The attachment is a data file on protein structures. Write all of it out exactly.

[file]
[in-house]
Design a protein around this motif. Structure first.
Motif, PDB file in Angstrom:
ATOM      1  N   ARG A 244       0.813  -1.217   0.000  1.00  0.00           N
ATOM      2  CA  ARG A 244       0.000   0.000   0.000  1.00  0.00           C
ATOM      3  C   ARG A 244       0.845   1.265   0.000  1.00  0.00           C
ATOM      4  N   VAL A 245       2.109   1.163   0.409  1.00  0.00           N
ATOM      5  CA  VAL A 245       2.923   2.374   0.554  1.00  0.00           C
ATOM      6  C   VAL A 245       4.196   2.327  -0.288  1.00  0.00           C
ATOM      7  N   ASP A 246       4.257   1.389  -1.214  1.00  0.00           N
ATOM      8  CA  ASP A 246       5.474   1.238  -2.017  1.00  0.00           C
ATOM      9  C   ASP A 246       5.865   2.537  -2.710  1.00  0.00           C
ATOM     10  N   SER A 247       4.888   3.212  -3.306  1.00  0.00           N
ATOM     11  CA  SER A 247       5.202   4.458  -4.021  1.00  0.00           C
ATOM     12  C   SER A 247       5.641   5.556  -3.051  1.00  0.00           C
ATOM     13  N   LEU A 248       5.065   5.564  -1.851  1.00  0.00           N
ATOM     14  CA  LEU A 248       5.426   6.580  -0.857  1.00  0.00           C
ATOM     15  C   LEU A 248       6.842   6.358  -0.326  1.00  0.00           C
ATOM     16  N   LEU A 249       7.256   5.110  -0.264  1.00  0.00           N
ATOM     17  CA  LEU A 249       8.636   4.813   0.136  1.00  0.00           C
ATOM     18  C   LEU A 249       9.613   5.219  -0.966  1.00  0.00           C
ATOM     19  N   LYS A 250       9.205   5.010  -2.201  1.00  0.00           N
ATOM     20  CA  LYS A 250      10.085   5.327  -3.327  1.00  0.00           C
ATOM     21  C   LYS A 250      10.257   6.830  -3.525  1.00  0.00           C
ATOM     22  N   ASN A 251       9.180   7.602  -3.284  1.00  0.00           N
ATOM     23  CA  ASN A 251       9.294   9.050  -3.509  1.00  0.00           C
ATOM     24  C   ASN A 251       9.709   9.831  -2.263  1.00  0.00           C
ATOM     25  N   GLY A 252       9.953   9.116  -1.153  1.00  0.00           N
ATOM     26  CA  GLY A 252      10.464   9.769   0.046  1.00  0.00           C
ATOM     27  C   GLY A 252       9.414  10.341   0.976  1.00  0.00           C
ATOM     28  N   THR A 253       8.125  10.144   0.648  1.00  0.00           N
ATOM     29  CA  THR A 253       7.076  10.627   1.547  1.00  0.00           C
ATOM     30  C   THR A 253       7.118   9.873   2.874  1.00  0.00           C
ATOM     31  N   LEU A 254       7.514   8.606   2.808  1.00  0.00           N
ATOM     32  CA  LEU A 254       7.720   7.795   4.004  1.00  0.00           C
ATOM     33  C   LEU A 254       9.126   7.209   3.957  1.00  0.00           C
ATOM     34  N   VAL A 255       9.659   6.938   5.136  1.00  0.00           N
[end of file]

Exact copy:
[in-house]
Design a protein around this motif. Structure first.
Motif, PDB file in Angstrom:
ATOM      1  N   ARG A 244       0.813  -1.217   0.000  1.00  0.00           N
ATOM      2  CA  ARG A 244       0.000   0.000   0.000  1.00  0.00           C
ATOM      3  C   ARG A 244       0.845   1.265   0.000  1.00  0.00           C
ATOM      4  N   VAL A 245       2.109   1.163   0.409  1.00  0.00           N
ATOM      5  CA  VAL A 245       2.923   2.374   0.554  1.00  0.00           C
ATOM      6  C   VAL A 245       4.196   2.327  -0.288  1.00  0.00           C
ATOM      7  N   ASP A 246       4.257   1.389  -1.214  1.00  0.00           N
ATOM      8  CA  ASP A 246       5.474   1.238  -2.017  1.00  0.00           C
ATOM      9  C   ASP A 246       5.865   2.537  -2.710  1.00  0.00           C
ATOM     10  N   SER A 247       4.888   3.212  -3.306  1.00  0.00           N
ATOM     11  CA  SER A 247       5.202   4.458  -4.021  1.00  0.00           C
ATOM     12  C   SER A 247       5.641   5.556  -3.051  1.00  0.00           C
ATOM     13  N   LEU A 248       5.065   5.564  -1.851  1.00  0.00           N
ATOM     14  CA  LEU A 248       5.426   6.580  -0.857  1.00  0.00           C
ATOM     15  C   LEU A 248       6.842   6.358  -0.326  1.00  0.00           C
ATOM     16  N   LEU A 249       7.256   5.110  -0.264  1.00  0.00           N
ATOM     17  CA  LEU A 249       8.636   4.813   0.136  1.00  0.00           C
ATOM     18  C   LEU A 249       9.613   5.219  -0.966  1.00  0.00           C
ATOM     19  N   LYS A 250       9.205   5.010  -2.201  1.00  0.00           N
ATOM     20  CA  LYS A 250      10.085   5.327  -3.327  1.00  0.00           C
ATOM     21  C   LYS A 250      10.257   6.830  -3.525  1.00  0.00           C
ATOM     22  N   ASN A 251       9.180   7.602  -3.284  1.00  0.00           N
ATOM     23  CA  ASN A 251       9.294   9.050  -3.509  1.00  0.00           C
ATOM     24  C   ASN A 251       9.709   9.831  -2.263  1.00  0.00           C
ATOM     25  N   GLY A 252       9.953   9.116  -1.153  1.00  0.00           N
ATOM     26  CA  GLY A 252      10.464   9.769   0.046  1.00  0.00           C
ATOM     27  C   GLY A 252       9.414  10.341   0.976  1.00  0.00           C
ATOM     28  N   THR A 253       8.125  10.144   0.648  1.00  0.00           N
ATOM     29  CA  THR A 253       7.076  10.627   1.547  1.00  0.00           C
ATOM     30  C   THR A 253       7.118   9.873   2.874  1.00  0.00           C
ATOM     31  N   LEU A 254       7.514   8.606   2.808  1.00  0.00           N
ATOM     32  CA  LEU A 254       7.720   7.795   4.004  1.00  0.00           C
ATOM     33  C   LEU A 254       9.126   7.209   3.957  1.00  0.00           C
ATOM     34  N   VAL A 255       9.659   6.938   5.136  1.00  0.00           N